Only 200 years ago, the land on which the Sacred Stream Center sits was covered in California Live Oak. The hills throughout California were dotted with these majestic trees, which can indeed grow very tall and spread their canopies widely. An oak taking up residence in that patch of ground would have had the flowing water of Strawberry Creek nearby and lots of laurel and bay trees keeping it company.
Vision quests have long been part of the shamanic experience, particularly as initiatory rites of passage. Most involve undertaking a difficult task and take place in nature and often lead to transcendent life-changing experiences. In this talk, Isa Gucciardi, Ph.D. discusses this process of seeking guidance within the world of nature that is found in many different cultures and can be practiced by modern people today. Isa is the author of three books, creator of the therapeutic model Depth Hypnosis, and the Founding Director of the Foundation of the Sacred Stream.
Visionary experiences are found throughout history and in every culture. From the visions of holy men and women in the Christian, Muslim, Hindu, and Buddhist traditions (to name a few) to the prophecies of Nostradamus, Hildegard of Bingen, and Edgar Cayce, visionary experiences are more common than we think. In this talk, Isa Gucciardi, Ph.D. delves into the role of visionary experience in shamanic Earth-based wisdom cultures. Isa is the author of three books, creator of the therapeutic model Depth Hypnosis, and the Founding Director of the Foundation of the Sacred Stream.
Dreams have been a source of fascination for people in cultures the world over. From the advanced Tibetan practice of Lucid Dreaming to the contemporary study of dreams and their meanings, dreams offer a window into deeper states of being. In this talk, Isa Gucciardi, Ph.D. focuses on the shamanic perspective of dreams and the role dreams play in the development of shamanic initiates. Isa is the author of three books, creator of the therapeutic model Depth Hypnosis, and the Founding Director of the Foundation of the Sacred Stream.
By Clementine Moss
North Fork, California is the site of the gorgeous Vipassana meditation center at which I have spent a couple of 10-day retreats. On foggy mornings at my home in San Francisco, I often think of the early morning walk to the meditation hall, and the faces of the single yellow daffodils lining the path up the hill.
In one of the retreats, I became fixated on the manzanita trees, their dark red spindly trunks, the light green color of the leaves, the pink hanging bouquets of flower. It is inevitable that the senses become more vibrant when meditating for ten hours a day. The contrasting colors of the manzanita were almost too much to bear.
I fantasized about having a garden of manzanita one day, how it would be to set out a picnic among such a gorgeous color combination. I wanted to wrap myself in these colors and shapes. I guess, really, I was longing to be a bird.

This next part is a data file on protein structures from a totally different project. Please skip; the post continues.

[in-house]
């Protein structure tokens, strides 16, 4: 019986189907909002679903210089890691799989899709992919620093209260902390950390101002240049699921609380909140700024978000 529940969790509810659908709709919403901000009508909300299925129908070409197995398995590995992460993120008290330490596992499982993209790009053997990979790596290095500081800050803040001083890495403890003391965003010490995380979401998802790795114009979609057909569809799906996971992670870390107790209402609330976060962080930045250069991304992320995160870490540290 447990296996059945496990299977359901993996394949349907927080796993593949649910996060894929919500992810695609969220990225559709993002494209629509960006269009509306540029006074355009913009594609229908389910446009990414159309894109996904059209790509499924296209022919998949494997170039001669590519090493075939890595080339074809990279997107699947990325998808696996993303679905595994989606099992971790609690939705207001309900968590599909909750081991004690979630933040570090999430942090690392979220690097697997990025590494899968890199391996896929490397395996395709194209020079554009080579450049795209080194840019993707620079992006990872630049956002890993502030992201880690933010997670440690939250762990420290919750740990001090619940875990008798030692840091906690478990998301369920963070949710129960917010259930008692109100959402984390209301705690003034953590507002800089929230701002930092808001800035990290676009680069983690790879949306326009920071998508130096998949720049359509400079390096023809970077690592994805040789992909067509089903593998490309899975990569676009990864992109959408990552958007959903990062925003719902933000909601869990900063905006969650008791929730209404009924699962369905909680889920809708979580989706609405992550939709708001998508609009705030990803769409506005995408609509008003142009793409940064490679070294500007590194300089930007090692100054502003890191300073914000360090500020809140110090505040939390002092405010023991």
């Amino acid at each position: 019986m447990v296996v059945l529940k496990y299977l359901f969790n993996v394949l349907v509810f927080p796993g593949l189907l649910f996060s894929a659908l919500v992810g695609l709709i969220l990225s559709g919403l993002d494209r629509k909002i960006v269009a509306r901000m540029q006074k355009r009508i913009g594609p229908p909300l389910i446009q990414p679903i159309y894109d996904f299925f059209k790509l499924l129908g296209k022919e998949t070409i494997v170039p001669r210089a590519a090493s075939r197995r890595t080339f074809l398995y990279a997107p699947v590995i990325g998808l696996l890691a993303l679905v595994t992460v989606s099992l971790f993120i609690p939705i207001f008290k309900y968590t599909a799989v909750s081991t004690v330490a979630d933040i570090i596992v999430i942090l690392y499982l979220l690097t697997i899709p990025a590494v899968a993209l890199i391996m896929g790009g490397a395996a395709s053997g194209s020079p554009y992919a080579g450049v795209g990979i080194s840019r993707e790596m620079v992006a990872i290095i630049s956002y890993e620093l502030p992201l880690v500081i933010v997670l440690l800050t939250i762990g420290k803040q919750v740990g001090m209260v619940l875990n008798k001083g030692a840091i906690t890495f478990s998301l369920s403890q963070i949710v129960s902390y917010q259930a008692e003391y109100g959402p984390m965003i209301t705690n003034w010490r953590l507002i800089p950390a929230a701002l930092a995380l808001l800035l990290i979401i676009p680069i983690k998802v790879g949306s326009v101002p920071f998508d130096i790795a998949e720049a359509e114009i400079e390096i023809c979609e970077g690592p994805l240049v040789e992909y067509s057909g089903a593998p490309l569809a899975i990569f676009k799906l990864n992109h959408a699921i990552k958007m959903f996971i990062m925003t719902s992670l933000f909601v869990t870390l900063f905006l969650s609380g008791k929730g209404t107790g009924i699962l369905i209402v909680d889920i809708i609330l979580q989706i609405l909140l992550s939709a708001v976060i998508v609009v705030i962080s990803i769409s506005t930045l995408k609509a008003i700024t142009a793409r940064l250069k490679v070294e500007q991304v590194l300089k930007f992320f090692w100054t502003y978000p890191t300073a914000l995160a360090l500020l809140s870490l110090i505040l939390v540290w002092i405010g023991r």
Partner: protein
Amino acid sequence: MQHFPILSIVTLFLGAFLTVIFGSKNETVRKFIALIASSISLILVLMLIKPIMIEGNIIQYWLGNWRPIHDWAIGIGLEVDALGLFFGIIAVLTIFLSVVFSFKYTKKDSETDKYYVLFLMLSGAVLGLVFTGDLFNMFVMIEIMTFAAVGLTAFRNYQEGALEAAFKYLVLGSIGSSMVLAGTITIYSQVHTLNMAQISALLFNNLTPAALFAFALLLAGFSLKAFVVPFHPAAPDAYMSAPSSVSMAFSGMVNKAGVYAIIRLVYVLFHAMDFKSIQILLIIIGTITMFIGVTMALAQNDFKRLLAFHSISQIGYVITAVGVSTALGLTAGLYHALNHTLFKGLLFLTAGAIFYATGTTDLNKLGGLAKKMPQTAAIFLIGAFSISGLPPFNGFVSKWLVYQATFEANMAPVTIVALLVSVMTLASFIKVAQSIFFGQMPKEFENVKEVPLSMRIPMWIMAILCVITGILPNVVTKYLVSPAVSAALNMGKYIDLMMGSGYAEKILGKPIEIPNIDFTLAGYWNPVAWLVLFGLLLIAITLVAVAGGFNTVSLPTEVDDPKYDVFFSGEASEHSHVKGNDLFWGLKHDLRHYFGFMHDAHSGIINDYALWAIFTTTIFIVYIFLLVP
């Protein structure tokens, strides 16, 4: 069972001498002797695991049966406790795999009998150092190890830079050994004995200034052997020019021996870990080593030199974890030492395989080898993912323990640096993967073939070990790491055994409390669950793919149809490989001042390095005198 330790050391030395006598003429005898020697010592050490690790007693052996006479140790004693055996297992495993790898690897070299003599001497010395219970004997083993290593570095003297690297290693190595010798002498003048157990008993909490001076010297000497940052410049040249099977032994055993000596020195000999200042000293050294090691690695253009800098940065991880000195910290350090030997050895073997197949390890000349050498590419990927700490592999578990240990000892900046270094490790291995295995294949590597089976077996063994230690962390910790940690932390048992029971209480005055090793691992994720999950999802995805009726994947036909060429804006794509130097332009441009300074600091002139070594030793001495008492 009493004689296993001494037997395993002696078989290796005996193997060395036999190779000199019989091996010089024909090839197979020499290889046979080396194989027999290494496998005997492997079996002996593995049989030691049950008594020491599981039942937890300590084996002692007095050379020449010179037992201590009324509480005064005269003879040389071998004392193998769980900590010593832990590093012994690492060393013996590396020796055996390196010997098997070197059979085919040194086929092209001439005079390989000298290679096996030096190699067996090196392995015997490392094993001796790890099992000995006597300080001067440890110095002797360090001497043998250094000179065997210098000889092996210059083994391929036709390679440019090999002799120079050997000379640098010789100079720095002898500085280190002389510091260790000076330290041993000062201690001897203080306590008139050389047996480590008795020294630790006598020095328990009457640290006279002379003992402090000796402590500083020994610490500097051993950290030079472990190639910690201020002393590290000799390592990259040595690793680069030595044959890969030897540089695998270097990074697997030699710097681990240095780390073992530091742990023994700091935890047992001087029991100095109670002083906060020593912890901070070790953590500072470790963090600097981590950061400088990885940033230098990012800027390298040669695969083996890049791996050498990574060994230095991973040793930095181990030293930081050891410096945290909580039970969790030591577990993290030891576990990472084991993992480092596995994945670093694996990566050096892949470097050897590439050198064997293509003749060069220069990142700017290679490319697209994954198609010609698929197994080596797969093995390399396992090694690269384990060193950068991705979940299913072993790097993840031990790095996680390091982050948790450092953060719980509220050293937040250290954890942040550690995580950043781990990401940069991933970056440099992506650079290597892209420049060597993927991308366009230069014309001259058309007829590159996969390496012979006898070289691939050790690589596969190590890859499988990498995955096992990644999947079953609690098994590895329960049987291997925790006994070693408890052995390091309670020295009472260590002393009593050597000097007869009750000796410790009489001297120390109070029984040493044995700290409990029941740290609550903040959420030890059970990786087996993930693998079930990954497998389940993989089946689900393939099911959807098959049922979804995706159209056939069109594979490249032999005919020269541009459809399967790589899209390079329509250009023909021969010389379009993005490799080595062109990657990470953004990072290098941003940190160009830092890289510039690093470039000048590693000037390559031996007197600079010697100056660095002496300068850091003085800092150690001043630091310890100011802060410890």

By Isa Gucciardi, Ph.D.
It seems fitting as we approach the longest day of the year that an opening into larger possibilities might be extending toward us. This is particularly true because of another celestial event that is happening in the sky this week. This is the moment in its orbit when the planet Venus is closest to the sun. Venus is the planet of beauty, love and possibility in western astrology, With the potentials of this influence enhanced by its proximity to the sun, we soon may be able to step into a new collective experience, beyond the constrictions of the pandemic.
This new potential has certainly been evident in the sanctuary at the Sacred Stream Center. Thanks to donations from last year’s fund drive, we have been able to begin the restoration of the three stained glass windows that grace the room.
By Isa Gucciardi, Ph.D.
As part of Tarka’s “On Death” issue, I have been asked to speak about the approach to death that my tradition, that of shamanic practice, follows. Some of the questions I have been asked to address are: What is death from the perspective of your tradition? What transmigrates, if anything, from the perspective of your tradition? What key text, verse, or poem offers insight or clarity around the experience of death? How has an experience of death in your life informed your teaching? What is a practice that directly addresses our relationship with death? I have tried to address all of these questions in this short exploration of the shamanic worldview regarding death.
In his book about the Australian Aboriginal experience, Voices of the First Day, Robert Lawlor offers a statement regarding Aboriginal views about death which are reflective of a larger, more general shamanic worldview. He says, “Death, in the Aboriginal view, is not a termination or a dislocation from this world to another; rather it is a shift of the center of one’s consciousness to invisible, subjective layers that are substrate to, and involved within, the natural world of mind and matter.”
Have you ever walked into a room and felt a sudden loss of energy? This experience is often difficult to quantify or describe, but anyone who has encountered this problem knows there is something that is creating a difference in their mood. From a shamanic point of view, psychic imprints from events that have occurred in a space can continue to effect events or circumstances there after the original event has occurred. To remedy imbalances caused in this way, shamanic practitioners will clear the space. In this video, Isa Gucciardi describes how to recognize when a space needs clearing, as well as some basic techniques for clearing space. For more information on Applied Shamanism, see sacredstream.org.